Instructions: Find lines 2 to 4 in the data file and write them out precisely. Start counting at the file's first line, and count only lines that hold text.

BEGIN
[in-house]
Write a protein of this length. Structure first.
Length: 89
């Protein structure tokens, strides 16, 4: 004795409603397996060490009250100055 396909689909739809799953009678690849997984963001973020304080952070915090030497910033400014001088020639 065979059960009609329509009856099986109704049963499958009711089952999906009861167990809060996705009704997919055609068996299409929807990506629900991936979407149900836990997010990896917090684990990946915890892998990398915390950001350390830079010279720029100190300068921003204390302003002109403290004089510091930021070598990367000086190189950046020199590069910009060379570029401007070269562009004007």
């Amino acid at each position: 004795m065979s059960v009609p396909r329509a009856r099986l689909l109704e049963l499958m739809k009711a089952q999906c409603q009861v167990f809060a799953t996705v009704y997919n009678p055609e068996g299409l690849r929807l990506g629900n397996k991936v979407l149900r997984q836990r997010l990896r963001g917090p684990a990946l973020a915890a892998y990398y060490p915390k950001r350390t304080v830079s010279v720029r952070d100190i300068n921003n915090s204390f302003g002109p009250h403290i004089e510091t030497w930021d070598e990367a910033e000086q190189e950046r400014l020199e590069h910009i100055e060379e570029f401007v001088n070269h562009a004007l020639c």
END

Write a protein of this length. Structure first.
Length: 89
């Protein structure tokens, strides 16, 4: 004795409603397996060490009250100055 396909689909739809799953009678690849997984963001973020304080952070915090030497910033400014001088020639 065979059960009609329509009856099986109704049963499958009711089952999906009861167990809060996705009704997919055609068996299409929807990506629900991936979407149900836990997010990896917090684990990946915890892998990398915390950001350390830079010279720029100190300068921003204390302003002109403290004089510091930021070598990367000086190189950046020199590069910009060379570029401007070269562009004007």